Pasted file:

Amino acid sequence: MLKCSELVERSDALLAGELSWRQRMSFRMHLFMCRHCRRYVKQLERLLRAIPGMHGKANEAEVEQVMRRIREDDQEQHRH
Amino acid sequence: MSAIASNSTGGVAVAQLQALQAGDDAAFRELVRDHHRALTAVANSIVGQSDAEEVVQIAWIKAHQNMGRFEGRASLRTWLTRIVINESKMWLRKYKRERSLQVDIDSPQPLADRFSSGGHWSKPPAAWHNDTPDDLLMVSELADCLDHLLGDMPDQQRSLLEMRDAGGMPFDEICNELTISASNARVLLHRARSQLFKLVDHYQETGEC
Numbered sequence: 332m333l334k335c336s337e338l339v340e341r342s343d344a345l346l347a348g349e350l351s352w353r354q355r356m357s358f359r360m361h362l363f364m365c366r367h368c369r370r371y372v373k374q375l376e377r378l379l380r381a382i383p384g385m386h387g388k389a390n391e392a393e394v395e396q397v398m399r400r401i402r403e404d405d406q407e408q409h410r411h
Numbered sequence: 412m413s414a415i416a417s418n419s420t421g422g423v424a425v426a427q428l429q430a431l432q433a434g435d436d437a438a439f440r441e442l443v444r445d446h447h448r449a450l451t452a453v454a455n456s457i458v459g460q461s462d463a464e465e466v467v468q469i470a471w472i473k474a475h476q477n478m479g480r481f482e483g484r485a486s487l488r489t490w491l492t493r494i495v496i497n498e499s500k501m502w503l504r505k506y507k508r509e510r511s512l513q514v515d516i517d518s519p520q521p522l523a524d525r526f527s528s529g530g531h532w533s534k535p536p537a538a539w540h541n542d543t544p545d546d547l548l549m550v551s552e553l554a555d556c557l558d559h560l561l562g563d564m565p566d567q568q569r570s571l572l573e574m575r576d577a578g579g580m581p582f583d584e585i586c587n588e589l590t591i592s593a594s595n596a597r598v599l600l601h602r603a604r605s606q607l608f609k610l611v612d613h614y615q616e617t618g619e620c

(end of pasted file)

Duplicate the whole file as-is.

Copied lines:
Amino acid sequence: MLKCSELVERSDALLAGELSWRQRMSFRMHLFMCRHCRRYVKQLERLLRAIPGMHGKANEAEVEQVMRRIREDDQEQHRH
Amino acid sequence: MSAIASNSTGGVAVAQLQALQAGDDAAFRELVRDHHRALTAVANSIVGQSDAEEVVQIAWIKAHQNMGRFEGRASLRTWLTRIVINESKMWLRKYKRERSLQVDIDSPQPLADRFSSGGHWSKPPAAWHNDTPDDLLMVSELADCLDHLLGDMPDQQRSLLEMRDAGGMPFDEICNELTISASNARVLLHRARSQLFKLVDHYQETGEC
Numbered sequence: 332m333l334k335c336s337e338l339v340e341r342s343d344a345l346l347a348g349e350l351s352w353r354q355r356m357s358f359r360m361h362l363f364m365c366r367h368c369r370r371y372v373k374q375l376e377r378l379l380r381a382i383p384g385m386h387g388k389a390n391e392a393e394v395e396q397v398m399r400r401i402r403e404d405d406q407e408q409h410r411h
Numbered sequence: 412m413s414a415i416a417s418n419s420t421g422g423v424a425v426a427q428l429q430a431l432q433a434g435d436d437a438a439f440r441e442l443v444r445d446h447h448r449a450l451t452a453v454a455n456s457i458v459g460q461s462d463a464e465e466v467v468q469i470a471w472i473k474a475h476q477n478m479g480r481f482e483g484r485a486s487l488r489t490w491l492t493r494i495v496i497n498e499s500k501m502w503l504r505k506y507k508r509e510r511s512l513q514v515d516i517d518s519p520q521p522l523a524d525r526f527s528s529g530g531h532w533s534k535p536p537a538a539w540h541n542d543t544p545d546d547l548l549m550v551s552e553l554a555d556c557l558d559h560l561l562g563d564m565p566d567q568q569r570s571l572l573e574m575r576d577a578g579g580m581p582f583d584e585i586c587n588e589l590t591i592s593a594s595n596a597r598v599l600l601h602r603a604r605s606q607l608f609k610l611v612d613h614y615q616e617t618g619e620c